Ambulance (2022) 136 minutes rated R
directed by Michael Bay and written by Chris Fedak
shot by Robert De Angelis and edited by Pietro Scalia
with Jake Gyllenhaal, Yahya Abdul-Mateen II, Eiza González and Garret Dillahunt
opens in theaters April 8 courtesy of Universal
Loosely based on that of Larits Munch-Petersen paramedic, the English-language remake by Michael Bay and Chris Fedak expands and localizes this old-school high-concept programmer. Working with his lowest budget for an action movie (pain and gain cost $26 million in 2013) since his feature debut Bad Boys in 1995, the 40 million dollars Ambulance is the Michael Bay equivalent of a Blumhouse bedroom piece. Most of its runtime takes place in a single cramped location with three talking figures. But because it’s Bay, the location is an ambulance driving through Los Angeles with an entire police department hot on its heels.
Yahya Abdul-Mateen II stars as an Afghan war veteran struggling with a newborn baby and his wife’s medical bills, namely an experimental surgery that his insurance refuses to cover. Reluctantly (and secretly) visiting his adopted professional criminal brother (Jake Gyllenhaal), the desperate father reluctantly finds himself in a planned bank robbery that takes place just that day (a coincidence you’ll only get ‘rolling). The heist turns sour and our brothers end up, cash in hand, hijacking an ambulance containing an injured cop (Jackson White) and a paramedic (Eiza González).
The 135-minute picture takes its time to set up its characters and the bank robbery is staged for understated tension and suspense over madcap intensity. Yes, the cops show up and there’s a public shootout straight out of Heat, but (for obvious moral reasons) the only victims are the bank robbers who aren’t played by movie stars. It’s not The corrupter (which had action scenes in which innocent civilians were turned into Swiss cheese), and Bay knows exactly how much carnage these anti-heroes can cause (to put their freedom and safety at risk) while remaining friendly.
One of the strengths of the movie is that, in part because of Bay’s obvious adoration of first responders, we find ourselves supporting both sides of the pursuit. Garret Dillahunt plays the main local cop on the scene, with a drooling dog who ends up accidentally fending off gunfire, while Keir O’Donnell plays the FBI’s top guy who A) is openly gay and sadly married and B) was college friends with Gyllenhaal’s The Bank Robber. While some plot developments depend on coincidence, all cops and robbers are at least as smart as the average viewer.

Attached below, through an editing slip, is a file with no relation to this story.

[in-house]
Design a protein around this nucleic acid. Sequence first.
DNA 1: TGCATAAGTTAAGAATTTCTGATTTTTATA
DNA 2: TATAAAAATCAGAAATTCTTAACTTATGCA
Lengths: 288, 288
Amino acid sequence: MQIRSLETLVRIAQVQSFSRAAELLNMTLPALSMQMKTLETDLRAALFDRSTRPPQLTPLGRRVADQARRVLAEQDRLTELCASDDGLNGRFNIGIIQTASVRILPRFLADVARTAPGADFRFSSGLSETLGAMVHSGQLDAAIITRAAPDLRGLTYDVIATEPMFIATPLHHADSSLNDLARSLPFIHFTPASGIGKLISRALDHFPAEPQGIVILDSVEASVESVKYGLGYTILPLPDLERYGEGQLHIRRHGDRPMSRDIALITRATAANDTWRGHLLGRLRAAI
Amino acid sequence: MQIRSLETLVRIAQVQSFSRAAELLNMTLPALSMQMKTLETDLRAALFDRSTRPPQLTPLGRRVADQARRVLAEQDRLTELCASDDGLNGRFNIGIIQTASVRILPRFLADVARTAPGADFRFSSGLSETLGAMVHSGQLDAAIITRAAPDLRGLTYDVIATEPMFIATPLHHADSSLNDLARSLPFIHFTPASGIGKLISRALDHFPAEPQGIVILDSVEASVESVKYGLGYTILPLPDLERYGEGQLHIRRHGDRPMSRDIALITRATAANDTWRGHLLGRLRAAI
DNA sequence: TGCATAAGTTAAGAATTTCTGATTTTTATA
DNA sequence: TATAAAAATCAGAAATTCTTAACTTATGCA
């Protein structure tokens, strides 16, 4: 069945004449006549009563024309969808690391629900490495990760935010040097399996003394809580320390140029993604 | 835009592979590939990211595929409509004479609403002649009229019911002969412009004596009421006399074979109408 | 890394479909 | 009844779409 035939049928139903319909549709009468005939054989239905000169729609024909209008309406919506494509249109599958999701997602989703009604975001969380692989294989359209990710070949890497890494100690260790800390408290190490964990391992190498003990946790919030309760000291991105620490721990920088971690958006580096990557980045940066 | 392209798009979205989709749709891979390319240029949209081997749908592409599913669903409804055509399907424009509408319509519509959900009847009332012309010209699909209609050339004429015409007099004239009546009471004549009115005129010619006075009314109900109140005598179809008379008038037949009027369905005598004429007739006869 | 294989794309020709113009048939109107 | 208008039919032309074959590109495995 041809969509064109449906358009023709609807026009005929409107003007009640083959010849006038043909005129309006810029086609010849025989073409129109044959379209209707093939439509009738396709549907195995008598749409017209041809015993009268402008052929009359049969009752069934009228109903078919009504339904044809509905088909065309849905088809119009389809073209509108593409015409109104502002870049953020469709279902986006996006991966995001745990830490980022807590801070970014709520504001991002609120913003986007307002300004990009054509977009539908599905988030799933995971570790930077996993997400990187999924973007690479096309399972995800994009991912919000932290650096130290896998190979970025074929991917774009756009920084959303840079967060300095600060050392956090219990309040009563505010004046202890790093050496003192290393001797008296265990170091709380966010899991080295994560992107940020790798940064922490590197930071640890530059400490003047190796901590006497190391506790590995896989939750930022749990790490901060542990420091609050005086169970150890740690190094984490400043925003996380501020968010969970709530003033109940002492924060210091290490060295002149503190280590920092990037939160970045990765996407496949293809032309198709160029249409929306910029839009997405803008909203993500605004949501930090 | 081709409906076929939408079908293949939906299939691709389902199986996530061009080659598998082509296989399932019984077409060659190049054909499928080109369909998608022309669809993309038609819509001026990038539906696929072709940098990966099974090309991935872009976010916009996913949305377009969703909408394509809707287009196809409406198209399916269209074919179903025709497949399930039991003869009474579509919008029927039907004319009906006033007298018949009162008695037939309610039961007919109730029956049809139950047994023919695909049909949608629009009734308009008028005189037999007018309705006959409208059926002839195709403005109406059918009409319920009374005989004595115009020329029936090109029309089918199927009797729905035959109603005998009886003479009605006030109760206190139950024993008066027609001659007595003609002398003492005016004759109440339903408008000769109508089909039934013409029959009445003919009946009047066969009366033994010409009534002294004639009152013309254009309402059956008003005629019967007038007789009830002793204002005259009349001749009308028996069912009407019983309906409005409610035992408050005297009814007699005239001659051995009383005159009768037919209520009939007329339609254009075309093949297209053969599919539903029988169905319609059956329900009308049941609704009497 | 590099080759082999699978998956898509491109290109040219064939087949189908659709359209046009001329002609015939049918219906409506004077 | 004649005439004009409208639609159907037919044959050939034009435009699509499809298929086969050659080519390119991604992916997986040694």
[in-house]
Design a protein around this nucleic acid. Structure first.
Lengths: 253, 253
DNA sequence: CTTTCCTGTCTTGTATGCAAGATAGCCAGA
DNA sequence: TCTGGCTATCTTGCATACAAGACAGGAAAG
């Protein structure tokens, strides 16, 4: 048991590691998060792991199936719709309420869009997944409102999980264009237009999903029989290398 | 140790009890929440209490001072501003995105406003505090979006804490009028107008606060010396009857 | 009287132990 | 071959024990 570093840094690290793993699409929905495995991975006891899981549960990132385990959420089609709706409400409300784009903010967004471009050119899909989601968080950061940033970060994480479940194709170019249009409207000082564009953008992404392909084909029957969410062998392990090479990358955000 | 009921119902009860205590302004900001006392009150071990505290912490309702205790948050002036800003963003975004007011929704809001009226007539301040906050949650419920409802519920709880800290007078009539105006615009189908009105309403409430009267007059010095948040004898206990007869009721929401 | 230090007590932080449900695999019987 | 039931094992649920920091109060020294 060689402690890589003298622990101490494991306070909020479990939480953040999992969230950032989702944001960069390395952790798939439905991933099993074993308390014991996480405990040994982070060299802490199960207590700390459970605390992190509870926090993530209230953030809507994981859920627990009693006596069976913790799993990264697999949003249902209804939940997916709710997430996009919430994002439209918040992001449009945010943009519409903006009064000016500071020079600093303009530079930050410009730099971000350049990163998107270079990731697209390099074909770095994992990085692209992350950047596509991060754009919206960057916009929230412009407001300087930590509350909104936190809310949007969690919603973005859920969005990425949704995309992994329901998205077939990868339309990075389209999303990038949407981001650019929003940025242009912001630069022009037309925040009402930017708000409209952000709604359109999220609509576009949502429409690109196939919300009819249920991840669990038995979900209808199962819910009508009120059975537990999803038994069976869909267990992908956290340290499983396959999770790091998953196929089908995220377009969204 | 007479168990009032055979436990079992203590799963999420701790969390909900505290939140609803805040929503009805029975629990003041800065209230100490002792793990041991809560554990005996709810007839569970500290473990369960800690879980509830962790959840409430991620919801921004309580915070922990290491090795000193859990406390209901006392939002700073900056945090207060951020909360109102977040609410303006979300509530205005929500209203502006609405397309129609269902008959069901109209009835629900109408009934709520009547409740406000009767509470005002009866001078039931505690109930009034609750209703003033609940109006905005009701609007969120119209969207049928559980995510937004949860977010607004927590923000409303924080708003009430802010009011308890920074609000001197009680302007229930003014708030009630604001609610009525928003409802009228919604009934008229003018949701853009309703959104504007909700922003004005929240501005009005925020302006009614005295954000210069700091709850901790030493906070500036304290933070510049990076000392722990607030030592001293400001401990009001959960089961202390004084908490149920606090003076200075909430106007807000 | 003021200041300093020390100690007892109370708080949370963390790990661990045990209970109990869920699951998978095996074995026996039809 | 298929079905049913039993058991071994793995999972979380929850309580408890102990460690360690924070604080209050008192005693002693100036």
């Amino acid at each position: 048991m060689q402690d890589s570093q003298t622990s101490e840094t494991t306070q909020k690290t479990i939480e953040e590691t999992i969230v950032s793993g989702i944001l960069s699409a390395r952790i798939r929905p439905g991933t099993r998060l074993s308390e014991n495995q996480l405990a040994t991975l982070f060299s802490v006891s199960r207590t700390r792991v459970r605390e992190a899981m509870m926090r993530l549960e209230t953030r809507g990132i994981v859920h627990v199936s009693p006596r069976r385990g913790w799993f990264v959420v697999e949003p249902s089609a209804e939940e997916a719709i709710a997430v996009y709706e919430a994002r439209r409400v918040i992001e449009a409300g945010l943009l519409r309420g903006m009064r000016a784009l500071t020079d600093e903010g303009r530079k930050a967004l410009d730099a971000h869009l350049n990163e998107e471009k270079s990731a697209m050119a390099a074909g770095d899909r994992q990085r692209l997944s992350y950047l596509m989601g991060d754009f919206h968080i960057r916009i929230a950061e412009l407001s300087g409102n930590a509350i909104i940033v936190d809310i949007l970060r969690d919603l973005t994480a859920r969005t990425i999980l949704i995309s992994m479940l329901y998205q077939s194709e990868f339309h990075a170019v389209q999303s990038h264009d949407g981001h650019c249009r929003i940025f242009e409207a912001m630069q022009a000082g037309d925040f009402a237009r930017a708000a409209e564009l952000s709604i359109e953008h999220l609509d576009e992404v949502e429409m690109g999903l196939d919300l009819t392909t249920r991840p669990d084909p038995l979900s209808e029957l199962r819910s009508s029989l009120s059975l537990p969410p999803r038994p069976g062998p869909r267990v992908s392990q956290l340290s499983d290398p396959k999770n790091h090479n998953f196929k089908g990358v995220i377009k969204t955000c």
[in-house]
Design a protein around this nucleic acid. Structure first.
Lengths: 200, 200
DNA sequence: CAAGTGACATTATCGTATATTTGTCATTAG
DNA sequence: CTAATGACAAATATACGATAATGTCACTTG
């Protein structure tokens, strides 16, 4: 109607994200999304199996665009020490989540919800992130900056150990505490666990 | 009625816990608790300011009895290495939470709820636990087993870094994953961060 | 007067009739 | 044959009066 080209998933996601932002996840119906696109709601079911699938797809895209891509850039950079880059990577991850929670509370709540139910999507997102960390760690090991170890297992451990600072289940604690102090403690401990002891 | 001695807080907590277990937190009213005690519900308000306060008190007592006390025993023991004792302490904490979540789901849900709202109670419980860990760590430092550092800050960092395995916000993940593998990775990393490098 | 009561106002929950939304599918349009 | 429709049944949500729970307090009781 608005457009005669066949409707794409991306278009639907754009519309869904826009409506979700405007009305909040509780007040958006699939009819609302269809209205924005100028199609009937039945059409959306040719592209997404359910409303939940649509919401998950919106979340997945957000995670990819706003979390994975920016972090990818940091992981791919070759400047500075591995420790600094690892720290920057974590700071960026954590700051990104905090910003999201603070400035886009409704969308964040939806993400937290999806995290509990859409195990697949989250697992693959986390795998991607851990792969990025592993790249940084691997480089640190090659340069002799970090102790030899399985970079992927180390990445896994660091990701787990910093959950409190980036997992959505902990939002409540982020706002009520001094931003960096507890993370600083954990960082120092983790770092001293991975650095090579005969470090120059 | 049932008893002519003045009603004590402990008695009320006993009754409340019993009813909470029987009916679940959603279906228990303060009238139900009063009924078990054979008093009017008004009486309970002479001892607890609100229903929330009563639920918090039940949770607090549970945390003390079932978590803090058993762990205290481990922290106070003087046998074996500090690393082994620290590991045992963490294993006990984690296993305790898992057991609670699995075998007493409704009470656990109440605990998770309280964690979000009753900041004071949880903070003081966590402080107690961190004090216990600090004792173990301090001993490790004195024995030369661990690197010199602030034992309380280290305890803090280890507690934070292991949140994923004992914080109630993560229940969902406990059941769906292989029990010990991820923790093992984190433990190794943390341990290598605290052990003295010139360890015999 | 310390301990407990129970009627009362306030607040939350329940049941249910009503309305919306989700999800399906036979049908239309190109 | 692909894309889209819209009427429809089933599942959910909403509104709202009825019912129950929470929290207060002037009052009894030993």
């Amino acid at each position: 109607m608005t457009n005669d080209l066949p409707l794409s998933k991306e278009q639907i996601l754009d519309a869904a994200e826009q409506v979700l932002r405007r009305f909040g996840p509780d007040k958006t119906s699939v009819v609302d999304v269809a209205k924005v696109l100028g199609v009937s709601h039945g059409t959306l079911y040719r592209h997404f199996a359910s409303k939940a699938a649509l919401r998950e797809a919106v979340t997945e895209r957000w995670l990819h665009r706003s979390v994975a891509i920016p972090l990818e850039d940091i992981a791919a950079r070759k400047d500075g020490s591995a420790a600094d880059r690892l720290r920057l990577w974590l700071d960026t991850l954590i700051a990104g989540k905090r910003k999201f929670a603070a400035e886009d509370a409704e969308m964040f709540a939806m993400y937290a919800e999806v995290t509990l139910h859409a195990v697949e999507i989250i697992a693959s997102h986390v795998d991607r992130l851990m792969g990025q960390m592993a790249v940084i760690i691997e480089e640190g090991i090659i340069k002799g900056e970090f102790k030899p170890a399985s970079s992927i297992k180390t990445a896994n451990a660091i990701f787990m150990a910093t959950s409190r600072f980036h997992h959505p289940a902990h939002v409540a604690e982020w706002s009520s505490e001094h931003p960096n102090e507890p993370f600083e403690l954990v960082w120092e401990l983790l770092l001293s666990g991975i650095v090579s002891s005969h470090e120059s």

While that average 75 minutes is a long car chase, Fedak’s storyline finds ways to spice up the drama as Bay uses drone cameras to ping-pong here and everywhere with the utmost of ease. The hostage police officer was injured in the robbery, so there’s an added incentive to make sure he doesn’t succumb to his injuries, and we get a jaw-dropping scene where our heroic paramedic has to perform emergency surgery in a high-speed vehicle while being talked through the procedure by various doctors and specialists. For the first 95 minutes, it’s great entertainment.
Alas, Bay can’t help but stretch out this third act in the name of conventional action and melodrama. As The rock, sympathetic “villains” need secondary villains and a heel turn to provide redeeming action. However, A) the third party engages in acts of violence that would increase the criminal penalties and B) the film returns to a small-scale climax. Not an exact match, but I was called back Live free or die hard which took a brief detour to John McClane fighting a fighter jet before returning to a small-scale character-driven conclusion.
That said, a bloated, redundant 45-minute finale doesn’t remotely undo the hour-and-a-half procedural, or fatally hurt the proper climax. Olivia Stambouliah is riot funny as a tech savvy above all else, while Dillahunt is expertly cast to type. It’s nice to see González get a real character to play beyond being ridiculously good looking (see also: I care a lot). Abdul-Mateen II continues to own the screen no matter the film, while Gyllenhaal enjoys playing a borderline psychopath who is just moral enough to want to ensure an ideal outcome for his brother.
Ambulance delivers the so-called Bayham as well as a shamelessly melodramatic streak that threatens to make us care. Although it generally runs at maximum speed, it is intelligently paced to prevent burnout and fatigue and only stumbles when trying to deliver more than its core premise. The film stretches its budget to an impressive degree, though it occasionally relies on close-ups that hide the costs, and is as satisfying as any action movie Bay has made since. The rock. I mean, I have a thing for Transformers: Age of Extinctionbut i’m weird like that.